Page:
The next morning I joined a tour of The Vatican City, the walled enclave within Rome. Home to the Pope and the Catholic Church, it is the smallest country in the world by both population (about 900) and area (0.44 square kilometres). Postage stamps, tourist mementos, and fees for admission to museums support the entire economy. It issues its own coins and even has its own bank, Vatican Bank, containing the only ATM in the world with instructions in Latin. Within Vatican City are Saint Peter’s Basilica, the Apostolic Palace and the Sistine Chapel. The Swiss Guards roam the streets and guard entrances. These personal bodyguards to the Pope look like charming Disney characters in their colourful uniforms.

The immenseness of Saint Peter’s Basilica is indescribable. As one of the holiest sites in Christianity it spans 5.7 acres and holds 60,000 people. Constructed from 1506 to 1626 it is the burial site of Saint Peter, one of the 12 apostles of Jesus and of great importance in the founding of the Christian Church.

The Sistine Chapel is the chapel in the Apostolic Palace, the official residence of the Pope.

The frescos in the Sistine Chapel are among the most famous in the world with works by Michelangelo, Raphael, Bernini, and Botticelli. Michelangelo’s The Last Judgment covers the entire wall behind the altar. I spent most of my time there with my eyes on the ceiling in awe of Michelangelo’s works depicting stories in Genesis.

I went to the post office and sent a Vatican postcard with a Vatican stamp on it back home to my mother in Montreal and wondered if she’d appreciate its value.

Rome is a spectacular city, and despite all its beauty and history, the stress of all that a big city entails wore me out. I was ready to leave and return to the calm of northern Italy.

I returned to my hostel, once again successfully dodging the men and the child pickpockets.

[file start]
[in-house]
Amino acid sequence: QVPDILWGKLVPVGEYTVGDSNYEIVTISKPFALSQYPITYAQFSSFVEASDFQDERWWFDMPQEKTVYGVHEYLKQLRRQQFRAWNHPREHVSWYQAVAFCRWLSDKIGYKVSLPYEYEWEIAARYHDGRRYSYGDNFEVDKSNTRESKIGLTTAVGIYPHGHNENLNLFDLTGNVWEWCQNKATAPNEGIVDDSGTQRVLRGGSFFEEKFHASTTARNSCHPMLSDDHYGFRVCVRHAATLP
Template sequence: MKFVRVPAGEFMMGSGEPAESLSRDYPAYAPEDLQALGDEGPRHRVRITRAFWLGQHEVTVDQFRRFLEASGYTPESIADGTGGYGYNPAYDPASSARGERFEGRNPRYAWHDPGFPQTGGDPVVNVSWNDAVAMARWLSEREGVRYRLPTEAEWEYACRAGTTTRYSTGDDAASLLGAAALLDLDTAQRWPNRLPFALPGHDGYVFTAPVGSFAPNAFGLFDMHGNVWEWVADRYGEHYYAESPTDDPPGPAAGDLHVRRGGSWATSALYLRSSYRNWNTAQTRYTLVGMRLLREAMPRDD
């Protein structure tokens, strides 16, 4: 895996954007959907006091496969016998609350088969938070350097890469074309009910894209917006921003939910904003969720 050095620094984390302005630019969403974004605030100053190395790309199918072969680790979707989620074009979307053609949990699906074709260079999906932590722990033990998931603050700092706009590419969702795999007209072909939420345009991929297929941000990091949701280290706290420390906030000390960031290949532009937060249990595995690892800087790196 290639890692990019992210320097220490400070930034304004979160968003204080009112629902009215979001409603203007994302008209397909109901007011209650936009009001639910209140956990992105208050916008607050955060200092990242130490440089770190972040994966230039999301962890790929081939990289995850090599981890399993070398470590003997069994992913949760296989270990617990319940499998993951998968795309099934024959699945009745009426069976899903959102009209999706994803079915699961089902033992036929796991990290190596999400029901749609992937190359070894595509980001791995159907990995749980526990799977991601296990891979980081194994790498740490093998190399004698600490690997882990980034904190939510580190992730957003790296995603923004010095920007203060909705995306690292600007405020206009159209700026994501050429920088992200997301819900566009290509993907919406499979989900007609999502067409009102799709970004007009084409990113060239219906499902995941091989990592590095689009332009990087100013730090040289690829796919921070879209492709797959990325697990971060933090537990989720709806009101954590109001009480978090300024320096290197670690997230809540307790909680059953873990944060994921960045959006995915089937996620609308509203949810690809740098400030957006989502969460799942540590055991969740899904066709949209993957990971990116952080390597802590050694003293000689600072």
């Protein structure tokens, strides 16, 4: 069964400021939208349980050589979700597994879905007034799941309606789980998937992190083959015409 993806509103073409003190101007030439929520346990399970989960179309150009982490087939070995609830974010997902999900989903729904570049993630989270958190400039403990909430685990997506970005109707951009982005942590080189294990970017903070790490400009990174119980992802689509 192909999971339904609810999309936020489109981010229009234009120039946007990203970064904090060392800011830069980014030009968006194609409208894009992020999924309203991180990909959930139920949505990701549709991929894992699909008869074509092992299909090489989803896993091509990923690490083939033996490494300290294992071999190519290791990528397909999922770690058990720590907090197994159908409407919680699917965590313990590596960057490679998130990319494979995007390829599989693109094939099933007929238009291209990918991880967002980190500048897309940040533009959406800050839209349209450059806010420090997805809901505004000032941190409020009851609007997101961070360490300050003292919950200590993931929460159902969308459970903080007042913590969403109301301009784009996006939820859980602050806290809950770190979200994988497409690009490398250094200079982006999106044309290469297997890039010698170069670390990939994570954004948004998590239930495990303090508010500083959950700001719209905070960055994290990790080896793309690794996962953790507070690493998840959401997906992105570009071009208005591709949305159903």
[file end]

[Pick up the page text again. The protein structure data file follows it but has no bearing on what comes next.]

I stopped at a small pizza joint next to the hostel and ordered a slice of cheese pizza in broken Italian. A young man approached me and asked if I was American. He sighed with utter relief when I said yes. He too was American and said he’d spent the whole day without speaking to anyone in English. He asked me if I wanted to get a coffee with him.

We found a small café and ordered some pastries, coffee and tea. He was a 26-year-old US soldier stationed in Iraq on his two-week vacation, which he chose to spend in Rome. That night was his last night before he returned to Iraq. We could not have been more different and yet we could not get enough of each other. The café closed and we walked around and found another that was open all night. We sat there, eating a cheese platter with tea, and shared our stories. He told me about his life in Iraq and his decision to join the army. I shared my experiences travelling around Europe, and my life in Los Angeles. We talked politics, religion, culture – everything we could think of. We sat at the café until the sun rose. We exchanged e-mails, said our goodbyes and we never contacted each other again. I suppose we both wanted to preserve the perfection of that night and our connection in Rome.

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A Moroccan Odyssey Part II: The children of Morroco

October, 2009

click here to view a slideshow of images from A Moroccan Odyssey

The children of Morocco are endearing, enchanting, sad, and in many cases very poor. A number of young children work alongside their parents in shops and restaurants. Countless others are sent out to the streets to hawk small packages of tissues, flags, and snacks. Then there are the beggars – some quite professional.

According to Human Rights Watch (2005), Morocco has one of the highest child labor rates in the Middle East and North Africa. Government stats suggest that 600,000 children ages 7 to 14 are engaged in some kind of economic activity. Of those, 372,000 are under age 12. The numbers of children engaged in rural work is higher, but we noticed a fair number of children in every city, with the exception of Chefchaouen, where children are forced to beg or sell tissues.